Home > Uncategorized > Yet another frustrating morning in probate court for Stan and Ellen McDonald

Yet another frustrating morning in probate court for Stan and Ellen McDonald

Stan and Ellen McDonald spent a morning last week in probate court, and the outcome, as usual, was frustration and disappointment for them.

If any case illustrates the absolute necessity of maintaining guardianship over a person with developmental disabilities, this case is it.

Stan and his wife, Ellen, are trying to overcome a devastating court ruling from a decade ago in which a judge concluded that their son, Andy, an intellectually disabled man, is so dangerous that he must be banned for life from ever returning to his hometown of Sherborn, where Stan and Ellen still live.

We have pointed out that the 2006 ruling by former Probate Judge Edward Rockett contains factual misrepresentations about both Andy and Stan, and that the decision does not take into account changed circumstances in the case, including greatly improved behavior on Andy’s part. That ruling, however, was supported by Andy’s previous court-appointed guardian and by DDS; and Stan and Ellen have found that their opinion of the ruling doesn’t count for much.

Stan and Ellen outside a probate courtroom where they encountered yet another round of frustration and disappointment last week.

Stan and Ellen outside a probate courtroom where they encountered yet another round of frustration and disappointment last week.

In 1986, Stan and his former wife agreed to the appointment of a guardian for Andy as part of the settlement of a longstanding custody battle over him.  Since then, Stan has learned the hard way that once you agree to the appointment of a guardian from outside of the family, it can be difficult if not impossible to regain guardianship rights.  And if you are not a legal guardian, you have little or no standing in probate court.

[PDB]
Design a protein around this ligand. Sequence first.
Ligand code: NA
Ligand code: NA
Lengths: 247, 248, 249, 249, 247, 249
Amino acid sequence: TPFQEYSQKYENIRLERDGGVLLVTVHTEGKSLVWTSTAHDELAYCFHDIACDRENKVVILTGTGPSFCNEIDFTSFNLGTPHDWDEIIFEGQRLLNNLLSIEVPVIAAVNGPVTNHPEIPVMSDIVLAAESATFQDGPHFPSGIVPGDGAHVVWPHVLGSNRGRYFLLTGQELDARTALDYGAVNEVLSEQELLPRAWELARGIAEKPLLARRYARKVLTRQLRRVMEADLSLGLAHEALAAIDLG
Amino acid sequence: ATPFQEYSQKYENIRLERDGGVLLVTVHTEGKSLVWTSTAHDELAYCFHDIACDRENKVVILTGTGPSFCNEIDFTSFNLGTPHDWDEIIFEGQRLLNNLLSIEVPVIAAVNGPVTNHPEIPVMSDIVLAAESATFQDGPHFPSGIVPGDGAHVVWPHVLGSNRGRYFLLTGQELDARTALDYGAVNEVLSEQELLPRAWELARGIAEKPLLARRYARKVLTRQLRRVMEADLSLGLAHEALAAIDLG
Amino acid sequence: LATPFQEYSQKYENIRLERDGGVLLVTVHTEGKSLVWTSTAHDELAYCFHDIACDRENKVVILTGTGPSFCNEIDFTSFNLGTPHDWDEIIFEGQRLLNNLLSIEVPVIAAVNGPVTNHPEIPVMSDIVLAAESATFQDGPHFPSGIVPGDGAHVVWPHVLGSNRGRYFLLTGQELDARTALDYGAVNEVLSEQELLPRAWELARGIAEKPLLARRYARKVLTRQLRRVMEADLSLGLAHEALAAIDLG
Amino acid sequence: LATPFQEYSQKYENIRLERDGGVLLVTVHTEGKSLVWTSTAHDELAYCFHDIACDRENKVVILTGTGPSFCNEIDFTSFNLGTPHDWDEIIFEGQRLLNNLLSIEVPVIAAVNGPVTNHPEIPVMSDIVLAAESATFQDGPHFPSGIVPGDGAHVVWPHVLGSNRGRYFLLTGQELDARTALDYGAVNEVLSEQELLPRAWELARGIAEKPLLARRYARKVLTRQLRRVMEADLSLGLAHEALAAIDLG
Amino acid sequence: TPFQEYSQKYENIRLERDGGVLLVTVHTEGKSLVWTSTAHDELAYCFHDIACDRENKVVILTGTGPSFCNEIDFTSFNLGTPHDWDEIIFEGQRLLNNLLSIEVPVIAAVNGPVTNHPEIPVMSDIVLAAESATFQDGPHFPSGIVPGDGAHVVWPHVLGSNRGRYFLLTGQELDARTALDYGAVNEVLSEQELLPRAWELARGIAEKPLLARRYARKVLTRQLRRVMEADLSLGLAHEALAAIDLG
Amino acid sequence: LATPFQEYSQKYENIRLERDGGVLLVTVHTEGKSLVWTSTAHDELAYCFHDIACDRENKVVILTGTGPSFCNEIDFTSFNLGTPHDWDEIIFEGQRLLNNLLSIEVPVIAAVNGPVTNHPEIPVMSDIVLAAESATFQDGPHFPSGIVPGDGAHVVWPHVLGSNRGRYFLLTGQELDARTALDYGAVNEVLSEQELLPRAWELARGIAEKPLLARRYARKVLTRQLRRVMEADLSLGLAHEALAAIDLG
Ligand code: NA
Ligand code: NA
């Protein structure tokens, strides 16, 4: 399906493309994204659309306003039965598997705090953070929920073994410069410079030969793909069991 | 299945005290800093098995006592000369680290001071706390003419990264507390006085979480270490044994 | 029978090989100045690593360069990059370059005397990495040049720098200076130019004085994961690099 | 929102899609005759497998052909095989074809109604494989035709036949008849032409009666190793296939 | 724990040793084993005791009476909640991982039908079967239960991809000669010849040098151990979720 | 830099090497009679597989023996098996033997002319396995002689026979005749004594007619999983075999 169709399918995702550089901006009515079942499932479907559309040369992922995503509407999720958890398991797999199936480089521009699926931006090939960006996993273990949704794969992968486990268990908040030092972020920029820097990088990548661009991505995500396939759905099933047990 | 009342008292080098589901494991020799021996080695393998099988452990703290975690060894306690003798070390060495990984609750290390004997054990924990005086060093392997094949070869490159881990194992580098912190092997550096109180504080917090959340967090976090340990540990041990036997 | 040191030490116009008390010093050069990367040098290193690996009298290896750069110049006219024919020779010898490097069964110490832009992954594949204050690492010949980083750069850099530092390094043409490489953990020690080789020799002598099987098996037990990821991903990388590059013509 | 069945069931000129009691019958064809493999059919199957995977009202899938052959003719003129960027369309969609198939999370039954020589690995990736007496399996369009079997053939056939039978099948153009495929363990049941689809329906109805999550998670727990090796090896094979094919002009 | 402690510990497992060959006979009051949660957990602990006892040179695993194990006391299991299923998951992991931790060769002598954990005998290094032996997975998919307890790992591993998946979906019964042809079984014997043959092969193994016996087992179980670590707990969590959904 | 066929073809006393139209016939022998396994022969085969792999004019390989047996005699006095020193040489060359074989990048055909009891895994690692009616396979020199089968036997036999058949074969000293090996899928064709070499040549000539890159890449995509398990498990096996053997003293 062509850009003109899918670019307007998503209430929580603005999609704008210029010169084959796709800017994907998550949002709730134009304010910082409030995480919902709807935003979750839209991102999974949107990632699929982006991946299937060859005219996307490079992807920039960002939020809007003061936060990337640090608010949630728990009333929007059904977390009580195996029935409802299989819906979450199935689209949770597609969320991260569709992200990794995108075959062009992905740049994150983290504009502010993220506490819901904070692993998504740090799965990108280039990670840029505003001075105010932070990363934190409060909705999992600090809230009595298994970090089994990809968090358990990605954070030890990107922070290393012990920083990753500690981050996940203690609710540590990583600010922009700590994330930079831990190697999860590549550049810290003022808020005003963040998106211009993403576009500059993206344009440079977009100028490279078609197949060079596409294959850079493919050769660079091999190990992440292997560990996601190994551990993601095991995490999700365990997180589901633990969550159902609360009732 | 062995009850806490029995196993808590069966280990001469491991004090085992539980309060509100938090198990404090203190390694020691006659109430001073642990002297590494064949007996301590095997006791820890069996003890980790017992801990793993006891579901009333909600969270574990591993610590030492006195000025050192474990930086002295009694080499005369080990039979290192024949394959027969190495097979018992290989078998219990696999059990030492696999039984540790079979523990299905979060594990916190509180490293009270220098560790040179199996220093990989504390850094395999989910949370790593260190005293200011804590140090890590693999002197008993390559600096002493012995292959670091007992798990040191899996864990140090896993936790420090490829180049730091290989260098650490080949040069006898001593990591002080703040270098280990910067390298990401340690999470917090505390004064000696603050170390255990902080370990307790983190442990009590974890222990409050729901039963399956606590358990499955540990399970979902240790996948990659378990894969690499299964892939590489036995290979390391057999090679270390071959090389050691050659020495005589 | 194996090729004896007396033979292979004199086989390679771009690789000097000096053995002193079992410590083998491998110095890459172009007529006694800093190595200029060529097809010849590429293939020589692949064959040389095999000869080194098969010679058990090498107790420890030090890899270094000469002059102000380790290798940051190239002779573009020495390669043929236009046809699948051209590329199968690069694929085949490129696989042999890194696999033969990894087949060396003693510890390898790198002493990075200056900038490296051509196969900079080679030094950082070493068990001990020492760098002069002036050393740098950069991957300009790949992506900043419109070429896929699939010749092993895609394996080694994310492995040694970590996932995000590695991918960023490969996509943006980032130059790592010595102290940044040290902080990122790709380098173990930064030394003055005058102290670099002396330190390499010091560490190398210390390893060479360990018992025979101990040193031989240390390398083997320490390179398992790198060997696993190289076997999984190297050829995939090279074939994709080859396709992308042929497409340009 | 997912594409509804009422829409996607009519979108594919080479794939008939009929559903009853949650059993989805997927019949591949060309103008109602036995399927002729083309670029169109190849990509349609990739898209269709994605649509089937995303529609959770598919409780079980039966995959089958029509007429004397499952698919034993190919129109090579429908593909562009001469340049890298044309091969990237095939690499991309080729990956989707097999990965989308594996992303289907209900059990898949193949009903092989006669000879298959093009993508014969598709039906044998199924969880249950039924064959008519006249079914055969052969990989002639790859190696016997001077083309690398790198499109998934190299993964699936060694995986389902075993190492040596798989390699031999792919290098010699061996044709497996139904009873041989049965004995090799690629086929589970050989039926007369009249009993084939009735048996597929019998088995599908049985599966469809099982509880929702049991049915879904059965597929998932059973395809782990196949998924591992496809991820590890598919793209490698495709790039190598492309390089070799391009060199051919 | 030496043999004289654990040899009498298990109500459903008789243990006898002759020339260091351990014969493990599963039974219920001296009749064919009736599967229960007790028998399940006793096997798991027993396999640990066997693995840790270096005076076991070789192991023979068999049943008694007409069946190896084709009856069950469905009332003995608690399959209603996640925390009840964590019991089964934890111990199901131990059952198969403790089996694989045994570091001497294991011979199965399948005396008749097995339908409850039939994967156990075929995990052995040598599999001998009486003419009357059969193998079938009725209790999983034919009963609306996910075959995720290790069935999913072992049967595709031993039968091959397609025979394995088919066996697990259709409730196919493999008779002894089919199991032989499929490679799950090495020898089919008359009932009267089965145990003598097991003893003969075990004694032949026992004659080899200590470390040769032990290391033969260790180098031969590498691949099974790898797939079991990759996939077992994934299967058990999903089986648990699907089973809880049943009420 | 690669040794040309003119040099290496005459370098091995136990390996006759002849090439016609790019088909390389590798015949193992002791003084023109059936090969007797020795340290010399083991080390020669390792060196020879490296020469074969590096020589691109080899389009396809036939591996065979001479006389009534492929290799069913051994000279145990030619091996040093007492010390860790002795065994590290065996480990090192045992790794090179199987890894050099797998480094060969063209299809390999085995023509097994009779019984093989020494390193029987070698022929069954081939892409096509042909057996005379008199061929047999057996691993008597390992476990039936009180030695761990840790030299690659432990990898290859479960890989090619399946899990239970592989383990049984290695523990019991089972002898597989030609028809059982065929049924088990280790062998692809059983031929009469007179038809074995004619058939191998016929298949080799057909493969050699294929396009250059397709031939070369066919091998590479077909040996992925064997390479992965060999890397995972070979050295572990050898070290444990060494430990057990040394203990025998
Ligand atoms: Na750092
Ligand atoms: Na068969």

Andy is now 48 and Stan is now 80; and Stan isn’t sure how much longer he and Ellen will be able to make the trip to visit Andy in his group home in Northborough.

Lately, though, Stan and Ellen have found themselves repeatedly making an even more arduous trip — to the Middlesex Probate Court building in East Cambridge, where they have been fighting what has been a more than frustrating battle to convince the court that there would be virtually no risk in supervised home visits for Andy.  But just getting up the two flights of outside and inside steps in the court building to where the elevator is located now presents a major challenge for Stan.

To say the system is stacked against Stan and Ellen would be an understatement, particularly since, at this point in their lives, they can’t afford to hire an attorney to represent them.  I accompanied them to a scheduled hearing last Thursday in the courthouse.  The purpose of the hearing was to appoint a new permanent guardian for Andy — needless to say another guardian from outside the family.  Stan and Ellen have never met the new guardian, who was appointed on a temporary basis last October.

I can tell you that other than the clerk to the probate court judge in the case, no one at the court house appeared to be particularly helpful let alone nice to Stan or Ellen.  The DDS attorney on the case, in fact, repeated a threat she first made last fall to seek contempt of court charges against Stan if he were to mention to the judge his desire for home visits from his son.

It’s strange because it is apparently perfectly okay for Andy himself, or his court-appointed attorney, to say in court that Andy desires home visits.  Why Stan could end up getting sent to jail for saying the same thing is beyond me.